Despite the losses, Mack inherits a roster loaded with talented players who, for whatever reason, did not see the floor much last season. A pair of former five-star recruits, winger V.J. King and center Malik Williams, should be featured on the offensive end after taking a back seat to the veterans a year ago. Sophomore Darius Perry, a product of Wheeler HS in Georgia, is next in line at point guard, and fellow sophomore Jordan Nwora is set to step in at power forward. Mack focused his recruiting efforts fully on 2019, but he hit the graduate transfer market hard to bolster this year’s roster. As a result, he’ll be able to rely on a trio of graduate transfers for depth at point guard and power forward, and newly-eligible UConn transfer Steven Enoch will give him another option at center.
Louisville is a bit of a wild card; most of their starters are complete unknowns, but there’s so much talent on the roster that if Mack can help the sophomores and juniors develop even a little, the Cardinals will be instant ACC contenders. As for the matchup with Tech, the Jackets can go toe-to-toe with Louisville at the guard spots; the challenges will be guarding King on the wing and containing Williams and Enoch inside, as the Cardinals will have a huge talent advantage at those positions.
Notre Dame Fighting Irish
2017-18 Record: 21-15 (8-10 ACC)
2017-18 Result(s) vs. Tech: ND won 68-59 in South Bend, GT won 60-53 in Atlanta
Head Coach: Mike Brey (entering 19th season; 502-254 career record as HC at Delaware and Notre Dame)
Final Four Appearances: 1978
Key Departures: PF Bonzie Colson, PG Matt Farrell, PF Martinas Geben
Key Returnees: PG T.J. Gibbs, SG Rex Pflueger, PF John Mooney
Top Recruits (star ratings from 247Sports): 4* PF Nate Laszewski, 4* SG Robby Carmody, 4* SG Prentiss Hubb, 4* SG Dane Goodwin, 3* PF Chris Doherty
Notre Dame was set to be one of the top teams in the ACC a year ago, but a foot injury to superstar Bonzie Colson derailed the season. Colson averaged a double-double when active, but he missed 15 games as a result of the injury, and the Irish couldn’t pick up the slack—particularly with senior point guard Matt Farrell dealing with injuries of his own. They now must move forward without three starters, including Colson and Farrell, who combined to average 36 points per game a year ago.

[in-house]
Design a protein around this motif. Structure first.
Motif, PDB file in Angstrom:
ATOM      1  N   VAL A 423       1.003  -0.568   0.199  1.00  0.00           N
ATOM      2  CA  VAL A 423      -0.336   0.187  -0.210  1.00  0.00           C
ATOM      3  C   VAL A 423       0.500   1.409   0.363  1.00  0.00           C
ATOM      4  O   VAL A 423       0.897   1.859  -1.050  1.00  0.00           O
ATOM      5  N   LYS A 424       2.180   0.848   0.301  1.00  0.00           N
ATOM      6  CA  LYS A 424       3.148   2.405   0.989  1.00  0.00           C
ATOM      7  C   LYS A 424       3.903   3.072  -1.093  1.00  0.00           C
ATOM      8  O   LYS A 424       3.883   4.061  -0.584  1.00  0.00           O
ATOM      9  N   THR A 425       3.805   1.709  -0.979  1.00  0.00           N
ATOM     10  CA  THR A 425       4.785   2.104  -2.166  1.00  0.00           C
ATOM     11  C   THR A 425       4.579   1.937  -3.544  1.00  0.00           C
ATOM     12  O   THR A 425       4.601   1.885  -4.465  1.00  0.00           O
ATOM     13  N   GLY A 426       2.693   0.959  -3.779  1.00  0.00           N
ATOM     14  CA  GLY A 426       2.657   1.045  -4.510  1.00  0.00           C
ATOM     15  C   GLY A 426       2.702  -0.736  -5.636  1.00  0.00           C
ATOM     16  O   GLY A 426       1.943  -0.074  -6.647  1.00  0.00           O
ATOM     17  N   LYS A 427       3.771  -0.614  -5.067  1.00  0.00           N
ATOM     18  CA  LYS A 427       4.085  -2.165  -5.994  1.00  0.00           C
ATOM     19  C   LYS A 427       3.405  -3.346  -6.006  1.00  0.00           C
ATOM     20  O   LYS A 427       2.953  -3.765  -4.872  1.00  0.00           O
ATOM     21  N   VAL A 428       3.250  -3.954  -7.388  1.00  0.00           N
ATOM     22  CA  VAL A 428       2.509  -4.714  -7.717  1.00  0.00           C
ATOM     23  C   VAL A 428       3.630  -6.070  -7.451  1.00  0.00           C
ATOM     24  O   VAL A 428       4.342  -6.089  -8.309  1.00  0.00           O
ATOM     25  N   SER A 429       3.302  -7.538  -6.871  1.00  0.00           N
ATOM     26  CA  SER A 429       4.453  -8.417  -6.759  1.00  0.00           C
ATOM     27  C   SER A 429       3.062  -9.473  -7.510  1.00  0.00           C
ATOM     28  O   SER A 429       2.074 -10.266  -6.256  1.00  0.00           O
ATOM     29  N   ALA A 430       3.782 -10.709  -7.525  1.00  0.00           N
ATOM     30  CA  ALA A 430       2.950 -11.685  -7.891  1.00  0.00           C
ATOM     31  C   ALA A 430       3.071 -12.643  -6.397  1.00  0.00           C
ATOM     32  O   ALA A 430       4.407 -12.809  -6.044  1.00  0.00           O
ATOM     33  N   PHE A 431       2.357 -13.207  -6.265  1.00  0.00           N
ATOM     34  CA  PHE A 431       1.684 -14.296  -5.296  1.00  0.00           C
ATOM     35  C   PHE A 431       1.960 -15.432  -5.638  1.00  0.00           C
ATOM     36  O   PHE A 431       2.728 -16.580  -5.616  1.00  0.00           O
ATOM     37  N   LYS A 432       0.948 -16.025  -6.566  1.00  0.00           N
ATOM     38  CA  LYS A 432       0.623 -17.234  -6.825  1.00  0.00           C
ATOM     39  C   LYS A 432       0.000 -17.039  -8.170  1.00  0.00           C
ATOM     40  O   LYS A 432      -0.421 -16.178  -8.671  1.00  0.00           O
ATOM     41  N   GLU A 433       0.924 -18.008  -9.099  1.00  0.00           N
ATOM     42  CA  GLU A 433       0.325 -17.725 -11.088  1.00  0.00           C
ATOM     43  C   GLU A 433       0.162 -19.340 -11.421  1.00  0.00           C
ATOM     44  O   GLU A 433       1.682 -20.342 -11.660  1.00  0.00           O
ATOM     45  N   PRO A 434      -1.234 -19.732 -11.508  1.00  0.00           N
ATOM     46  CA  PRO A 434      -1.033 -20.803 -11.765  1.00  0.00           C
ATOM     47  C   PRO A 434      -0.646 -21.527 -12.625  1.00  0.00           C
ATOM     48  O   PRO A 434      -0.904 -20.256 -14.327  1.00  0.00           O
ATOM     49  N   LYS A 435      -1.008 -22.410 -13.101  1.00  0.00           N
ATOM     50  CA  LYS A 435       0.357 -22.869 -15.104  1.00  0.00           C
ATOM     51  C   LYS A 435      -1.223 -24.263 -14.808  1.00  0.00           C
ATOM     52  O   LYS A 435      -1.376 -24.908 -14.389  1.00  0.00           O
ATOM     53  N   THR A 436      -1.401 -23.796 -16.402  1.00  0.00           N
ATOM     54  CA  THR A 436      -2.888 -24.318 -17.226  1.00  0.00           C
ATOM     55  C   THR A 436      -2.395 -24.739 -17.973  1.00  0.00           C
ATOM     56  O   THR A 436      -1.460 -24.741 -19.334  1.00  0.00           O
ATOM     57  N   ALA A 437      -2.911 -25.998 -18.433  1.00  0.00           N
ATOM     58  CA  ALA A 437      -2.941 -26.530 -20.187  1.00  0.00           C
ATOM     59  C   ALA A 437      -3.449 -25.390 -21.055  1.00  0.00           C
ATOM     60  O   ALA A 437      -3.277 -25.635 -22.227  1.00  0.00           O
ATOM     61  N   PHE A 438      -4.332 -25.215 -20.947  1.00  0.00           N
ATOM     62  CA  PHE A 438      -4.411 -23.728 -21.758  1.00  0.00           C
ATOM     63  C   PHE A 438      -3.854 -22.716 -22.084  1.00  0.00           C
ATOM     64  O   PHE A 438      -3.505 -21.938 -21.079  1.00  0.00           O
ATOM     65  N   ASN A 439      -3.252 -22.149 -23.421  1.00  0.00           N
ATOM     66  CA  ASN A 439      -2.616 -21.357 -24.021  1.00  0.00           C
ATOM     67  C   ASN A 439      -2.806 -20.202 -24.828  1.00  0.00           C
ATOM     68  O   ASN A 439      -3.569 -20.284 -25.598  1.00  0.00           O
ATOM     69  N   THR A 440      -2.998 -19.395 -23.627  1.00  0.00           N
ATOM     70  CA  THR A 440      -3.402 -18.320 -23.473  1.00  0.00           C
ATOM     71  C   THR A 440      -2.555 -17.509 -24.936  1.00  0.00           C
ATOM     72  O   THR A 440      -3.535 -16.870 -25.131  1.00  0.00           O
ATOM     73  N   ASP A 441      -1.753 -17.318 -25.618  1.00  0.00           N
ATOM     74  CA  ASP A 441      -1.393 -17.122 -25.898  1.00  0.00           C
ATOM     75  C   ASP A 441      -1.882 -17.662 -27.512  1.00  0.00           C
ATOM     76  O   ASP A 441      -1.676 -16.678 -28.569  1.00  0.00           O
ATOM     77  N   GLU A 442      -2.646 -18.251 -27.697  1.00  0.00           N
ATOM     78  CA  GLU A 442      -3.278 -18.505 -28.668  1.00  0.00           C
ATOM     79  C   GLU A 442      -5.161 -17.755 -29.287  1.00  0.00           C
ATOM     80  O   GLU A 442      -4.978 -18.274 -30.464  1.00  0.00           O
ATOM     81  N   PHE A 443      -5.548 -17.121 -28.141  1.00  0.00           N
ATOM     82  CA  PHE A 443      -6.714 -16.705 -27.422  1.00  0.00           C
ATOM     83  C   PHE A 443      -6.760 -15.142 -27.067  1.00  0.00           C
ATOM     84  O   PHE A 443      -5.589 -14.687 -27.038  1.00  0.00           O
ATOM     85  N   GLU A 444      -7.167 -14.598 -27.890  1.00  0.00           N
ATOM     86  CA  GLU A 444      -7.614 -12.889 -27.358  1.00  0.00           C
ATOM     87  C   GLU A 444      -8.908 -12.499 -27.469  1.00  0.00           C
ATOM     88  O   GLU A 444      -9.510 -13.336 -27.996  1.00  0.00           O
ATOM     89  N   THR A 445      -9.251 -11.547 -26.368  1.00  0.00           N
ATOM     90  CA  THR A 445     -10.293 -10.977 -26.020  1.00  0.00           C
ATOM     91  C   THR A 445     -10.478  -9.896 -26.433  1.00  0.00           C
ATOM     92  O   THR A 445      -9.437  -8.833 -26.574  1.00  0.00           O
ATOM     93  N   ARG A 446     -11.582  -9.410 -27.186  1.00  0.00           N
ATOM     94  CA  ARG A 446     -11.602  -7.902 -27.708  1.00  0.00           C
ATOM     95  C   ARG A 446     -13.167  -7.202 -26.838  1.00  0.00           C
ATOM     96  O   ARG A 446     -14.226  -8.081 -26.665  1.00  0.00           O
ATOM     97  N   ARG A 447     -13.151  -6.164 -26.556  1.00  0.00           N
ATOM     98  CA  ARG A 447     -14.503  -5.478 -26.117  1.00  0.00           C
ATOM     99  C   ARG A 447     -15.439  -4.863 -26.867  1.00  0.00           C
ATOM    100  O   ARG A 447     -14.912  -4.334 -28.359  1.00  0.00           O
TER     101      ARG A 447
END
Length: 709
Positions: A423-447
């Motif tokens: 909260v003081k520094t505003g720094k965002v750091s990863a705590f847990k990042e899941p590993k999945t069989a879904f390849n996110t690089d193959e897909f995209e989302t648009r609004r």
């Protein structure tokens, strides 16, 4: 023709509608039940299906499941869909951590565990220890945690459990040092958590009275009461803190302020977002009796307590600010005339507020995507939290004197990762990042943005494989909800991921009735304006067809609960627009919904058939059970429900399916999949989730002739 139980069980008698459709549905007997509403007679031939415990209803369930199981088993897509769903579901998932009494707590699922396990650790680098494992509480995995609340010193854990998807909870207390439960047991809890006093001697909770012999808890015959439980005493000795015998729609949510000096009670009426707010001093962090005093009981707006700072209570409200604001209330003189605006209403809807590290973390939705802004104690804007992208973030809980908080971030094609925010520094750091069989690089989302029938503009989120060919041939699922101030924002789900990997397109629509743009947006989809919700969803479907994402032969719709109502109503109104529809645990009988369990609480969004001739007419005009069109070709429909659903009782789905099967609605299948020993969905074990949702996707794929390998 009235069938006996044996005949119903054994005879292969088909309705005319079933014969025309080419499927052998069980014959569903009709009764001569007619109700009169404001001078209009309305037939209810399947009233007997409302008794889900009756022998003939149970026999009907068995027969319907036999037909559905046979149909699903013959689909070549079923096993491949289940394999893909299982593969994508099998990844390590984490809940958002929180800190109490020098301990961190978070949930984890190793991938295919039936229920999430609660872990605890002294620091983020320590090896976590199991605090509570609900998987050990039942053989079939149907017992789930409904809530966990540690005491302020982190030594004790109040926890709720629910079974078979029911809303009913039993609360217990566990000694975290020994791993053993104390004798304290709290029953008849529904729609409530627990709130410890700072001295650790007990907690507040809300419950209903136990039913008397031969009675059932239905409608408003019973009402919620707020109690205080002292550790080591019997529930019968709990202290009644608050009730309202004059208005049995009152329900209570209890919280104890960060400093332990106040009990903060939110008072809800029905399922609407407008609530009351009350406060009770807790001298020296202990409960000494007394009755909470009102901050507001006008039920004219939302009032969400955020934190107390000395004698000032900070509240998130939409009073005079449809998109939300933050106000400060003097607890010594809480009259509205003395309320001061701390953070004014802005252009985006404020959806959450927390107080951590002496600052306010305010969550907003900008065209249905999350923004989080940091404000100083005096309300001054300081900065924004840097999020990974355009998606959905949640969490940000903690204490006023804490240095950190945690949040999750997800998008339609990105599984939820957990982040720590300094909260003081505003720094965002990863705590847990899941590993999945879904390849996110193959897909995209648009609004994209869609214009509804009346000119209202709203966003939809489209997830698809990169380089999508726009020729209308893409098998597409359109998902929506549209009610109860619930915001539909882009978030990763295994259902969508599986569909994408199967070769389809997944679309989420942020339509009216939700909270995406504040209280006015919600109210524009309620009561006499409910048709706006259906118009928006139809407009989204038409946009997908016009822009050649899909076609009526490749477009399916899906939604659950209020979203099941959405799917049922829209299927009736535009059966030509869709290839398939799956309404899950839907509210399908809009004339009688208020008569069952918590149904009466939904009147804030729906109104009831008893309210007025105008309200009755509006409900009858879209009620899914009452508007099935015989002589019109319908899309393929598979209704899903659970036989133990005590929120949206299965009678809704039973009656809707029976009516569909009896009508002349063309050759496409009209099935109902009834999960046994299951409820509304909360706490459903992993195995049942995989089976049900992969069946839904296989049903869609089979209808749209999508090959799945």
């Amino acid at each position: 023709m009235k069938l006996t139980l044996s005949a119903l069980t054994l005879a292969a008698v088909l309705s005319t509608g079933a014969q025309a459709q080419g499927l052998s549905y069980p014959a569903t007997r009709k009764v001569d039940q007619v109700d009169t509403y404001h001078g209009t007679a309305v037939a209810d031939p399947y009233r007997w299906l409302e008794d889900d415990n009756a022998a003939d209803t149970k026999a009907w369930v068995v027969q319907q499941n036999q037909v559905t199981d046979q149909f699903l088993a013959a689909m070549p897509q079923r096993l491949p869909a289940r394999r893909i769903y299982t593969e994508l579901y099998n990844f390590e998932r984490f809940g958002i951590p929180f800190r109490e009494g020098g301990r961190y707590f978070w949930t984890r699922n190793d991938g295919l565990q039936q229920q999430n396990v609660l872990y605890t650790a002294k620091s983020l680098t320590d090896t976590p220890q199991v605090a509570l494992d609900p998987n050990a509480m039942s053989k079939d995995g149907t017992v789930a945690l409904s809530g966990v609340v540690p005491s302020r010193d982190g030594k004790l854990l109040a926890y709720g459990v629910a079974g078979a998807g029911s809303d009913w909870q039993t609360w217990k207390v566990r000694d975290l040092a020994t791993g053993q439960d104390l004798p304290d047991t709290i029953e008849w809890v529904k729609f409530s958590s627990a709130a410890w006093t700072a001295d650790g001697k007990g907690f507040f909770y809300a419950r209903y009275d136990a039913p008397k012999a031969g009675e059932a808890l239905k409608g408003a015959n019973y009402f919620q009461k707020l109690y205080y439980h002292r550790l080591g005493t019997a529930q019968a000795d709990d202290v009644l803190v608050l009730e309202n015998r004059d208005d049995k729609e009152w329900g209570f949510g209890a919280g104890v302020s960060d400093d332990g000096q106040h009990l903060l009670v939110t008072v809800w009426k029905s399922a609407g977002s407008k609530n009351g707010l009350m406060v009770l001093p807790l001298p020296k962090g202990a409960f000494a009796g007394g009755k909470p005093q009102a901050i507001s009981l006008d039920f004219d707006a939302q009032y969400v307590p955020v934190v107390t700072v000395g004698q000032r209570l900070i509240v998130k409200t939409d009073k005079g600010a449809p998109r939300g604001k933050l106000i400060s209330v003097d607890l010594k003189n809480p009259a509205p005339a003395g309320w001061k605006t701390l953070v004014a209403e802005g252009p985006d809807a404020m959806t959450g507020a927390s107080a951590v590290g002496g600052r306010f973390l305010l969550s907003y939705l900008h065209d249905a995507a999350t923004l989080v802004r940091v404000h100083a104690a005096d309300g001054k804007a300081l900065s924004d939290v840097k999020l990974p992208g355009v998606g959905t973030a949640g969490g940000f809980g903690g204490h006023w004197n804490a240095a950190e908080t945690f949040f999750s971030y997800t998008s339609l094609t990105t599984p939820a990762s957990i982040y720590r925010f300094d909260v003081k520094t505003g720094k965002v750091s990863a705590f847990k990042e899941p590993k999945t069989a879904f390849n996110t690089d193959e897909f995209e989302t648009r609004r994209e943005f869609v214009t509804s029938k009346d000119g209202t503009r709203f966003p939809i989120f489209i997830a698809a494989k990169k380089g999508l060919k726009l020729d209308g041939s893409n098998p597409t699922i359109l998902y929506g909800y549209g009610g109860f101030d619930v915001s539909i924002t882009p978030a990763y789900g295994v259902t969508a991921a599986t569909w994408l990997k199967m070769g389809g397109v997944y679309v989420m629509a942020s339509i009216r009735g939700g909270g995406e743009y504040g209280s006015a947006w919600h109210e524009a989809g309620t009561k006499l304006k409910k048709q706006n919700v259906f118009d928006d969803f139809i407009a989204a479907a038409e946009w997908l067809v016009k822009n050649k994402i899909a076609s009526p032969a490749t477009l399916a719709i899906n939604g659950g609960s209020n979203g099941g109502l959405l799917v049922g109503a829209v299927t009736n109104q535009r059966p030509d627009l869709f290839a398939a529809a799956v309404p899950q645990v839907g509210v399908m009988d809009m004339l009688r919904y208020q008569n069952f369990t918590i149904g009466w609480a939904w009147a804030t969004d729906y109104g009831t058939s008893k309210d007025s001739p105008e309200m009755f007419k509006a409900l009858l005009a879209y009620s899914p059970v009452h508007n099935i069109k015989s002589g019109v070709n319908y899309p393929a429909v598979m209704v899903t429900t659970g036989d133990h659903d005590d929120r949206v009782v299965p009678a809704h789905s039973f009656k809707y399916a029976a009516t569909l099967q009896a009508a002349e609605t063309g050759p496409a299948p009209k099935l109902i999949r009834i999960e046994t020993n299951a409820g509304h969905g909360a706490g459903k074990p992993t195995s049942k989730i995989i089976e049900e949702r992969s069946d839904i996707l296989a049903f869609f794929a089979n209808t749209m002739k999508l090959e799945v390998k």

Mike Brey’s team will be leaning on its veteran backcourt in 2018-19. Point guard T.J. Gibbs averaged 15.3 points per game last year and shot better than 40 percent from the three-point line, and he will be the focal point of the offense. Alongside him will be senior Rex Pflueger, a defensive stalwart at shooting guard, and either D.J. Harvey, Nikola Djogo, or one of the new recruits on the wing. The big questions will be up front, where Notre Dame must replace the production of both Colson and Martinas Geben (11.1 points, 8.0 rebounds per game). John Mooney should step into one frontcourt spot, and the team will need either reserve Elijah Burns, 6-foot-11 UConn transfer Juwan Durham, or 6-foot-10 freshman Nate Laszewski to step up at the other spot. None are proven offensive threats by any stretch—Mooney included—so this could be a vulnerability for the Irish, particularly early on.
As always, Tech will face Notre Dame twice this season, and both games will be opportunities for a fun point guard battle between Gibbs and the tandem of Jose Alvarado and Mike DeVoe. Both teams have major unknowns with respect to scoring on the wing and inside, but Notre Dame’s roster is much more talent-rich at those positions, and that could prove to be the difference.